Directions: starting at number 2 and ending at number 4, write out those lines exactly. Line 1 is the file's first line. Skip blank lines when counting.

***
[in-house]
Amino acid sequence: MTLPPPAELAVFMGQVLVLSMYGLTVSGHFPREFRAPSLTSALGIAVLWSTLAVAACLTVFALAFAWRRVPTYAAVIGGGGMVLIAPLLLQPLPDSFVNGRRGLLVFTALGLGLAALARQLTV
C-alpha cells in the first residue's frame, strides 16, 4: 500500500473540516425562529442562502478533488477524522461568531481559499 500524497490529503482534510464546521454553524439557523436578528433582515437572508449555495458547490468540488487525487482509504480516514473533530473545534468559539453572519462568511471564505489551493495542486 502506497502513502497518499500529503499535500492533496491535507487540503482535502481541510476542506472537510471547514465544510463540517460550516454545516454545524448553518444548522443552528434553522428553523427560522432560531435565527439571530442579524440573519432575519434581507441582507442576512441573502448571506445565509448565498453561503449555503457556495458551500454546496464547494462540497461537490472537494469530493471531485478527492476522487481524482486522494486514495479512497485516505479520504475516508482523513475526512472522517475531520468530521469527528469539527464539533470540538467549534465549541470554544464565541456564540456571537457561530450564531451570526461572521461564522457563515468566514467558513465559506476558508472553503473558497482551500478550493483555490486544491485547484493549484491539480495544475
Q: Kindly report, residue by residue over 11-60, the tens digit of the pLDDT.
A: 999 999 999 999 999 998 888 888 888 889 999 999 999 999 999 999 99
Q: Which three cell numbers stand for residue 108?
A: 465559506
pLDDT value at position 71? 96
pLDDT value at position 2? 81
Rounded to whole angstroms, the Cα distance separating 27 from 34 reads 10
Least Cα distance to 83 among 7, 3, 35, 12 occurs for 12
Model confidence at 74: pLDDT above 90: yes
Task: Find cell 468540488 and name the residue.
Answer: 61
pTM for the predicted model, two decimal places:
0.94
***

Amino acid sequence: MTLPPPAELAVFMGQVLVLSMYGLTVSGHFPREFRAPSLTSALGIAVLWSTLAVAACLTVFALAFAWRRVPTYAAVIGGGGMVLIAPLLLQPLPDSFVNGRRGLLVFTALGLGLAALARQLTV
C-alpha cells in the first residue's frame, strides 16, 4: 500500500473540516425562529442562502478533488477524522461568531481559499 500524497490529503482534510464546521454553524439557523436578528433582515437572508449555495458547490468540488487525487482509504480516514473533530473545534468559539453572519462568511471564505489551493495542486 502506497502513502497518499500529503499535500492533496491535507487540503482535502481541510476542506472537510471547514465544510463540517460550516454545516454545524448553518444548522443552528434553522428553523427560522432560531435565527439571530442579524440573519432575519434581507441582507442576512441573502448571506445565509448565498453561503449555503457556495458551500454546496464547494462540497461537490472537494469530493471531485478527492476522487481524482486522494486514495479512497485516505479520504475516508482523513475526512472522517475531520468530521469527528469539527464539533470540538467549534465549541470554544464565541456564540456571537457561530450564531451570526461572521461564522457563515468566514467558513465559506476558508472553503473558497482551500478550493483555490486544491485547484493549484491539480495544475
Q: Kindly report, residue by residue over 11-60, the tens digit of the pLDDT.